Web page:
When those interest-free loans are repaid, the stimulus money can be retired from circulation to prevent inflation—and the new bridges, highways, roads, port facilities, light rapid rail transit, “green” power generation, water and sewer and other infrastructure will remain.
The CHP monetary reform would be good for the economy and reduce government debt, without monetising the debt and causing inflation, at the same time this plan would provide employment for Canadians.
To make the reforms, we would stop funding government by the issuance of T-Bills (which are really government bonds)… but we would do it gradually. We start with the Infrastructure Program, funded entirely by new money created by the Bank of Canada; that money goes into circulation, and as it moves through the economy, and enlarges the economy (by providing the liquidity the banks are still reluctant to create) prosperity would return. Then, by gradually expanding the range of the program, we would simply displace more and more of the T-bill financing—which was Bank Created Money (BCM) with billions in compound interest attached to it.
Secondly, we would simultaneously return to using one of the tools which previous governments used to control inflation, the statutory reserves. Statutory reserves required the commercial banks to put a percentage of their deposits in reserve. The Bank of Canada controlled the amount of money mainly by lending to the government significant amounts of new money as needed while, at the same time, controlling the amount of money created by the commercial banks through the statutory reserve system. The federal government has the authority to adjust those deposit reserves. These reserves were abolished by Prime Minister Brian Mulroney in 1991 to bail out Canada’s banks, which had considerable money tied up in defaulted real estate loans.
The proportion of the money supply that comes from the sale of T-bills to the banks (Bank Created Money, which is actually borrowing from the banks with the interest paid up front in the form of a discount rate on the T-bills) is now 98%; we want to work it down to 50% gradually… then move to 100% Government Created Money using the Bank of Canada to serve the interests of Canada and Canadians.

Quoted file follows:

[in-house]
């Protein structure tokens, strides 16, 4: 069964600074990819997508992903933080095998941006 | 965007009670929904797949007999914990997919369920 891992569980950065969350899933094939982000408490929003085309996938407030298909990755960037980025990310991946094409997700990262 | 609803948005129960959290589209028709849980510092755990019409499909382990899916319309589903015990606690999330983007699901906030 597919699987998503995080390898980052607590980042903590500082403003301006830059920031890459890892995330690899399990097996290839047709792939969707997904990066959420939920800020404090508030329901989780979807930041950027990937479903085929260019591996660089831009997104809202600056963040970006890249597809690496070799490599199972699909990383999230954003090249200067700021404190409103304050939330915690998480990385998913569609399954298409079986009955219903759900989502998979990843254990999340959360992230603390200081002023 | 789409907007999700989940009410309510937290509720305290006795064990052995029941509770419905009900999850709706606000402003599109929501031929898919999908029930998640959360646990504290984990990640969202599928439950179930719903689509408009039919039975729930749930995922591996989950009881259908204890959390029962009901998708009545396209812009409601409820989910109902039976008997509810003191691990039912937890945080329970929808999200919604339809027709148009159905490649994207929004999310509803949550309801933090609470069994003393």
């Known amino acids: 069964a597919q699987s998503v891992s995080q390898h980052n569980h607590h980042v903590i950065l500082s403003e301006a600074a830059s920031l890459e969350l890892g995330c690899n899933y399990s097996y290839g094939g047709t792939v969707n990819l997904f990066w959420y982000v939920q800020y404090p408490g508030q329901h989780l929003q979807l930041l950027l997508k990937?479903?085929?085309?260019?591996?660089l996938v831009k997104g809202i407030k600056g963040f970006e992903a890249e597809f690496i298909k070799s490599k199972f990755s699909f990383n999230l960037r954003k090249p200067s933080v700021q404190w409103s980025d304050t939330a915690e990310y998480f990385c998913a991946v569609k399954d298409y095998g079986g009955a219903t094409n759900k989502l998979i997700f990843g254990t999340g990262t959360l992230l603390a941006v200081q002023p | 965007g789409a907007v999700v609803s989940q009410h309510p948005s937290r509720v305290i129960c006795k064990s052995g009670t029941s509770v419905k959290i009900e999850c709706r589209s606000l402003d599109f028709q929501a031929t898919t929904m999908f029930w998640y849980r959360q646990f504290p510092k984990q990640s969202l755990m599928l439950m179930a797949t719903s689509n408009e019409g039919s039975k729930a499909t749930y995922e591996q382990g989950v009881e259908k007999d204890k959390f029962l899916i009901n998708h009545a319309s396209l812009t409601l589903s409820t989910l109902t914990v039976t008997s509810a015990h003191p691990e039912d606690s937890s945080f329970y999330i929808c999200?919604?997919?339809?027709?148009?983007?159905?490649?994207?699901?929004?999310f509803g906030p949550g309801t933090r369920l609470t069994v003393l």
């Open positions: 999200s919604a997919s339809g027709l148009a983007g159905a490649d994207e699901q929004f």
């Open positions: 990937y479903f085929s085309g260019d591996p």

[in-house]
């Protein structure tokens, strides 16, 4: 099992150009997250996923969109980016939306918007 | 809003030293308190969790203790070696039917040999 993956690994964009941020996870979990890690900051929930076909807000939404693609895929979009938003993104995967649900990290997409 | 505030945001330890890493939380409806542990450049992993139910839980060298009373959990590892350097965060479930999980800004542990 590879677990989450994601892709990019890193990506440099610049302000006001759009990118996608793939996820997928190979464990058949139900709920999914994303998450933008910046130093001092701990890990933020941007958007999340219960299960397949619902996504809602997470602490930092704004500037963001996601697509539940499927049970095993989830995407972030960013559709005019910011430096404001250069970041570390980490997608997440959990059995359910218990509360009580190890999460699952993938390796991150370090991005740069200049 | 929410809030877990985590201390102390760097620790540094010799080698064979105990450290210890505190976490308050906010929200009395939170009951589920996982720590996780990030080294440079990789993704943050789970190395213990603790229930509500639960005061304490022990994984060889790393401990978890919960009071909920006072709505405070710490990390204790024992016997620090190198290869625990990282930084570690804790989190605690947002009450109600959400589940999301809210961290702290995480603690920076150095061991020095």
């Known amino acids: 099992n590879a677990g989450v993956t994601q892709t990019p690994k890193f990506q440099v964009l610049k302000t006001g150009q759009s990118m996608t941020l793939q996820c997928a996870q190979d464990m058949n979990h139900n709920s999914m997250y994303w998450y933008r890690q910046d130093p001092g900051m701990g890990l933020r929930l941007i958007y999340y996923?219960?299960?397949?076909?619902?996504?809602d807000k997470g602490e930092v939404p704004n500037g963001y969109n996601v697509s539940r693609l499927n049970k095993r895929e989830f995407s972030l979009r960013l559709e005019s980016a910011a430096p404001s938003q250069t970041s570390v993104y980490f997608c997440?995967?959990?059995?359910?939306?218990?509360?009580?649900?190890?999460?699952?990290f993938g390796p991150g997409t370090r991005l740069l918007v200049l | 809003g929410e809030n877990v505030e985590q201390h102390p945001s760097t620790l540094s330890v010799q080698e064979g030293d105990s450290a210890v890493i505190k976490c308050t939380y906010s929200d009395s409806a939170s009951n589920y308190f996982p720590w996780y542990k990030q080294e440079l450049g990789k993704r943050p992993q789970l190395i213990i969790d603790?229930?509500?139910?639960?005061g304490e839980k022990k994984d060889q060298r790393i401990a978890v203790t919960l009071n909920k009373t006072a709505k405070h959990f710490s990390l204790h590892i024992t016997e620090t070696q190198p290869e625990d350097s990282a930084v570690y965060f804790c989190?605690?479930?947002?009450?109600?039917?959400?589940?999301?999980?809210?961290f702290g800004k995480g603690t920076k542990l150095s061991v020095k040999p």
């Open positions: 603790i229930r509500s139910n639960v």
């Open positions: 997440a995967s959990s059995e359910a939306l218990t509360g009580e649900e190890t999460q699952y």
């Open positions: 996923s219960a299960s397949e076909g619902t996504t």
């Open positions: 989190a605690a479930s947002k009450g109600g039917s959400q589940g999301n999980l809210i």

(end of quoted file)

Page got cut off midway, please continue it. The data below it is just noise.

The CHP would reinstate statutory reserves to control the amount of money created along with returning the creation of money to the Bank of Canada, where it belongs.
That’s a far better solution!
Overhaul the broken Canada Pension Plan with a new Personal Income Security Account.
A Personal Income Security Account would provide a portable investment portfolio, vested in the name of each worker, for health, employment and retirement income.
This plan was proposed for Canada in 1980 by a Christian politician, Dr. Robert N. Thomson. It was rejected by Parliament, but a few years later it was adopted by Chile. Chilean workers at that time were given the option of continuing on the tax-funded pension plan, or going on the new investment plan. Those who chose the investment plan are now retiring wealthy — and Chile has become an economic powerhouse in Latin America because of the pools of investment created.
How will this plan work?
Beginning with an individual’s first job, they and their employer would contribute to the plan as a source deduction, just as we do now with CPP and EI, and in Ontario, the Health fund.
Beginning with one’s first job, 10% of an individual’s income would begin to accumulate in his or her account: 5% contributed by the employee and 5% by the employer.
In the event of some unforeseen circumstance, like unemployment or illness, the individual would be allowed to withdraw up to 15% per year of what had accrued in the account. After that, government assistance would meet the needs of any individual or family.
The account would never be completely depleted, but would continue to grow.
Welfare, disability and healthcare would continue to be government programs. We will always have what we may call “the deserving poor”, and we must care for them with the utmost compassion.
It is no secret that in Canada we also have serious abuse of our social systems. The undeserving poor, those who would choose to abuse the system and thereby the taxpayer, will be motivated—for example, in the case of unemployment—to find new employment quickly so as to use as little as possible of the allowable 15% of their account. As a party we believe very strongly in individual responsibility and accountability, but not disproportionately to compassion.
This policy would inculcate an ethic of individual responsibility in the majority of people, reduce payouts as a result, and therefore allow us to care of the truly unfortunate much better.
The experience in Chile has been an overwhelming success, and voters would do well to seriously consider the CHP’s better solution for the looming CPP crisis.
Read more about the Christian Heritage Party's Better Solutions at www.chp.ca.